Doppler ultrasound. Doppler ultrasound can determine if an artery is narrowed by fibromuscular dysplasia. In this noninvasive test, an instrument called a transducer is pressed to your skin to send sound waves into your body. The sound waves bounce off red blood cells, and the ultrasound can estimate how fast your blood flows. If your blood is moving slowly through an artery, it may be due to fibromuscular dysplasia.
Computerized tomography (CT) angiogram. A CT angiogram allows your doctor to check your arteries to see if they're narrowed or blocked. You'll receive an injection of a dye, and the doughnut-shaped CT scanner will be moved to take images of the artery your doctor believes is narrowed.
Magnetic resonance imaging (MRI). This test allows your doctor to see the soft tissues in your body. During an MRI, you lie on a table inside a long tube-like machine that uses a magnetic field and radio waves to capture images from inside your body. Using the images from the test, your doctor may be able to see the cluster of cells narrowing your artery.
The most common form of fibromuscular dysplasia looks like a "string of beads" on imaging tests. Other, more-aggressive forms of fibromuscular dysplasia have a smooth appearance.
Once you've been diagnosed with fibromuscular dysplasia, your doctor may repeat a Doppler ultrasound exam, a CT angiogram or an MRI angiogram from time to time to see if your condition is getting worse.
Treatment for fibromuscular dysplasia depends on your health, the location of the narrowed artery and other underlying conditions you have, such as high blood pressure. Treatment options include medical procedures, surgery and medications.
Medical procedures and surgery
For otherwise healthy people with fibromuscular dysplasia, repairing the affected artery is often recommended. The procedures to improve blood flow can include:
Percutaneous transluminal renal angioplasty (PTRA). This procedure is usually preferred over surgery. It is often performed at the same time as a catheter-based angiogram. Once the dye from the angiogram shows the narrowed area of the artery, a wire is threaded to the artery and a catheter with a balloon is inserted in the narrowed area. The balloon is then inflated to open the narrowed part of the artery. Unlike the angioplasty procedures performed on people with heart disease, a stent may not be necessary to keep the artery open.
PTRA is usually performed while you're awake, although you'll be given a sedative to relax during the procedure. The procedure takes about one to two hours.
Surgical revascularization. If PTRA is not an option, and the narrowing of your arteries is severe, your doctor may recommend more invasive surgery to repair the narrowed portion of the artery. The type of surgery you'll need depends on the location of the narrowed artery and how damaged the artery is. These procedures require general anesthesia, meaning you'll be unconscious during the surgery.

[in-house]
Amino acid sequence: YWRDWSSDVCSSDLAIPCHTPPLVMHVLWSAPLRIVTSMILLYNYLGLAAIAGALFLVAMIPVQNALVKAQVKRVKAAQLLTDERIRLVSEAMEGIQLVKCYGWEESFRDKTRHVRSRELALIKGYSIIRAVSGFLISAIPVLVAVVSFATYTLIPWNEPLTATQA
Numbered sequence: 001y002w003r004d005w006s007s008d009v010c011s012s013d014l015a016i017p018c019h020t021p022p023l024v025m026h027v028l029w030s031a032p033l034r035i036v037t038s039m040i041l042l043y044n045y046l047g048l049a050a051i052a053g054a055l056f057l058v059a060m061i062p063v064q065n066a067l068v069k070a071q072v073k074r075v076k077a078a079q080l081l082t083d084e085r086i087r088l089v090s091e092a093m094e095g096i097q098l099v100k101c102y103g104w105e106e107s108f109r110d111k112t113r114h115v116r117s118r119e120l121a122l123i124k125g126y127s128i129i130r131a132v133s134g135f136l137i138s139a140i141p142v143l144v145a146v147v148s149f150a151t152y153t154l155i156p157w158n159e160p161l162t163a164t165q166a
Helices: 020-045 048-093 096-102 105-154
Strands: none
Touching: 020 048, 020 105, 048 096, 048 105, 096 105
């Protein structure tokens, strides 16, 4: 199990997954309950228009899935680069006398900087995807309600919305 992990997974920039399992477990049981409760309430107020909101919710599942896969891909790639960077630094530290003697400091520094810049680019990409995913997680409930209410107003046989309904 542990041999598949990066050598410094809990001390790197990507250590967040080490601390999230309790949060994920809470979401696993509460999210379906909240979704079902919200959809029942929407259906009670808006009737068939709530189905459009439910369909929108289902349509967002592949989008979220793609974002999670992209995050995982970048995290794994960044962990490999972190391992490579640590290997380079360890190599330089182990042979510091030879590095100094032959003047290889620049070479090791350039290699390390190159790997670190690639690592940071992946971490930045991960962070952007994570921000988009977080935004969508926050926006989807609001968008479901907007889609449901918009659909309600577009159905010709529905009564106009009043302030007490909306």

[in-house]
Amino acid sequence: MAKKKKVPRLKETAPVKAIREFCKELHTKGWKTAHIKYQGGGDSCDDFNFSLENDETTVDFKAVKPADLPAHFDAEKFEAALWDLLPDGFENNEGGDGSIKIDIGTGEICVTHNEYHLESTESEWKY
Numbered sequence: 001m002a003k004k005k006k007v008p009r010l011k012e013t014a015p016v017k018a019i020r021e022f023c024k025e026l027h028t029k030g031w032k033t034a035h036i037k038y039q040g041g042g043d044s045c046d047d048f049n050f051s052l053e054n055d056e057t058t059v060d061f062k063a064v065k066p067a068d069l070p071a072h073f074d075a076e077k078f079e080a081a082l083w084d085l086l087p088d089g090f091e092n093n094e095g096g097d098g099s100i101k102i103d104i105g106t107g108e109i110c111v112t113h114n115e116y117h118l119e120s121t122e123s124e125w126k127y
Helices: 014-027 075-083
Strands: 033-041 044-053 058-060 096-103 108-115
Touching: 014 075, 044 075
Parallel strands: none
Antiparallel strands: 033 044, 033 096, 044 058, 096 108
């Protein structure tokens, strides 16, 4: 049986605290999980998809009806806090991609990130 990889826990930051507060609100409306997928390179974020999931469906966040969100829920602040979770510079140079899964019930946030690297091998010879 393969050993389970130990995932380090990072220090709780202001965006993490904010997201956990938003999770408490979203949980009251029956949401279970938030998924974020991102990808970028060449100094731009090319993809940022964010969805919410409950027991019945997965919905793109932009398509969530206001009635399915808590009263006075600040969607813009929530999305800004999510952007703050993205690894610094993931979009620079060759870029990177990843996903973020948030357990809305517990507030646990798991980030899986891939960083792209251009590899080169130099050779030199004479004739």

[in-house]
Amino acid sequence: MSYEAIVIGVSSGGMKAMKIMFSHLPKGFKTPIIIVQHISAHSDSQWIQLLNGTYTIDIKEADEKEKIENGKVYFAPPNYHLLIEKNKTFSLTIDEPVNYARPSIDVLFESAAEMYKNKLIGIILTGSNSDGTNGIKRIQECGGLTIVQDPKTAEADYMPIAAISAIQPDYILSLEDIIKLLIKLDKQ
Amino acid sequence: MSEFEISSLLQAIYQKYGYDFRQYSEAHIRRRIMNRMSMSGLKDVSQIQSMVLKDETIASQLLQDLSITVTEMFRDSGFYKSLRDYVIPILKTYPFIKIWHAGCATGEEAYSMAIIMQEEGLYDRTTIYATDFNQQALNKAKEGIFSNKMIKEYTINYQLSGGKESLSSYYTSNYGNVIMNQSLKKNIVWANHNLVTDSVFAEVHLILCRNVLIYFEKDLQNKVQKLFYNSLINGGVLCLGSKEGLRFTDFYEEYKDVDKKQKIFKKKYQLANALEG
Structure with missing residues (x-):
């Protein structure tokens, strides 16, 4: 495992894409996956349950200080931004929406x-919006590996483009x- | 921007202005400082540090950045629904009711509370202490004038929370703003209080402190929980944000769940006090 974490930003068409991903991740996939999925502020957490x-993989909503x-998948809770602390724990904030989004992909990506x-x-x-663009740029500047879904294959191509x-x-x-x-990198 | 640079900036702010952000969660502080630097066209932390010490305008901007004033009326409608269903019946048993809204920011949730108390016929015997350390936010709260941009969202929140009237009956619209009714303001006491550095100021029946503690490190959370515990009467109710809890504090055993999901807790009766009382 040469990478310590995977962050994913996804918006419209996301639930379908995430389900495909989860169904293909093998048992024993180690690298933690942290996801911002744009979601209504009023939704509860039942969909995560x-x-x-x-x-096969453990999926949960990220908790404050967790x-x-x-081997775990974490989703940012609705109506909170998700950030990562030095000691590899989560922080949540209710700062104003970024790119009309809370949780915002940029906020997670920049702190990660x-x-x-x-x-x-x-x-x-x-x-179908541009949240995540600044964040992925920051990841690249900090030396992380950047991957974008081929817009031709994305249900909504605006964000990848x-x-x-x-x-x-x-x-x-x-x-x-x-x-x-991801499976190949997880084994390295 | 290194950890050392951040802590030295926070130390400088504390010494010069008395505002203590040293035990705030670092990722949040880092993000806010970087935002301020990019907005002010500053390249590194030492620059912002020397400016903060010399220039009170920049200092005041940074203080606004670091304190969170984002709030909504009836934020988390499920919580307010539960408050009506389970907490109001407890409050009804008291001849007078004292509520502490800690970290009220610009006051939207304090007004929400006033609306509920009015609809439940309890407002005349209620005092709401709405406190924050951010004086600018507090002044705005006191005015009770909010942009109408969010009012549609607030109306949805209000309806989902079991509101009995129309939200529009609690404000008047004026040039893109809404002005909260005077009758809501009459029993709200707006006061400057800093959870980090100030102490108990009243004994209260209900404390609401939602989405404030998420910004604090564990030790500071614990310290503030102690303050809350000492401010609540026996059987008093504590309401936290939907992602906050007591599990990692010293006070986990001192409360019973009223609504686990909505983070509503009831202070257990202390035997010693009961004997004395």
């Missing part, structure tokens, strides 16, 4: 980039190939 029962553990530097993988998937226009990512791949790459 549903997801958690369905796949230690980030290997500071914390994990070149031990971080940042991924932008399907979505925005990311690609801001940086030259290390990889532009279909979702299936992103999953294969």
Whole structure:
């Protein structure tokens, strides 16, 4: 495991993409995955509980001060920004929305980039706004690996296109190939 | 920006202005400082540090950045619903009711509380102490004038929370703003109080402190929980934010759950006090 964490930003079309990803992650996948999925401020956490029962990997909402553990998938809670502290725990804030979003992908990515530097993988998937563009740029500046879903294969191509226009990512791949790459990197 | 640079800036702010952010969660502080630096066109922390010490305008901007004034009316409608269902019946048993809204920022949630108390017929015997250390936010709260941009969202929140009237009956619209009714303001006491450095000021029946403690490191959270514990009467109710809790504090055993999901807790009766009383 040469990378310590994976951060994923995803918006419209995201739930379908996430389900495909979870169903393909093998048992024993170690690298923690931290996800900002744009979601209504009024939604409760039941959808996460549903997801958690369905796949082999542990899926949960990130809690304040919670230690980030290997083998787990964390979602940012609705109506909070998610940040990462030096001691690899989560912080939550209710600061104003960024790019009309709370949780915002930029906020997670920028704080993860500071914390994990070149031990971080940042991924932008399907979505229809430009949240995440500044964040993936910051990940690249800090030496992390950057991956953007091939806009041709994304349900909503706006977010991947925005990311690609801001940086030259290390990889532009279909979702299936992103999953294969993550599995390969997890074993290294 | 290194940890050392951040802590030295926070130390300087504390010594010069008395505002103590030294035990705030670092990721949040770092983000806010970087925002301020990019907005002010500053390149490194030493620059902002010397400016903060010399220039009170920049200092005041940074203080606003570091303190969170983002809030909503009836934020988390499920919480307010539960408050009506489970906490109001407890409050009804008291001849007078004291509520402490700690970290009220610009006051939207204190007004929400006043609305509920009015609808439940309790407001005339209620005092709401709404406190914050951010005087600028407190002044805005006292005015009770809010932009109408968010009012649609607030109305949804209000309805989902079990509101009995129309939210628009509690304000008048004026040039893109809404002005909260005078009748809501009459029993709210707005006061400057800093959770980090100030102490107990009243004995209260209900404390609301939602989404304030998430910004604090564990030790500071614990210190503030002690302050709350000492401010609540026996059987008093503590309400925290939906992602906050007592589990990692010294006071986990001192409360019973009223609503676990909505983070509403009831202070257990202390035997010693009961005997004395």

If your doctor finds serious damage related to fibromuscular dysplasia, such as an aneurysm, he or she may recommend placing a metal mesh tube (stent) inside the weakened part of the artery to help prevent it from rupturing.
Treatment with high blood pressure medications is recommended for most people with fibromuscular dysplasia, even if you also have a procedure to correct your condition. These could include medications from several categories:
Angiotensin-converting enzyme (ACE) inhibitors, such as benazepril (Lotensin), enalapril (Vasotec) or lisinopril (Prinivil, Zestril), stop the narrowing of your blood vessels.
Angiotensin II receptor blockers. These medications help relax blood vessels by blocking the action of a natural chemical that narrows blood vessels. Examples of this class of medications include candesartan (Atacand), irbesartan (Avapro), losartan (Cozaar) and valsartan (Diovan).
Diuretics. These drugs, such as hydrochlorothiazide (Microzide, others), help remove excess fluid from your body and may be used in conjunction with other blood pressure medications.
Calcium channel blockers, such as amlodipine (Norvasc) or nifedipine (Procardia) and others, help relax your blood vessels.
Beta blockers, such as metoprolol (Lopressor, Toprol-XL) or atenolol (Tenormin) and others, slow your heartbeat and block adrenaline.
Because some of these drugs can affect the way your kidneys work, your doctor may recommend blood tests and a urine test (urinalysis) to make sure your kidneys work normally once these medications have been started.
Your doctor also may suggest you take a daily aspirin to reduce your risk of stroke. But don't start taking an aspirin without discussing it with your doctor first.
If you're a smoker, another part of your treatment plan is to stop smoking. Smoking may make fibromuscular dysplasia worse.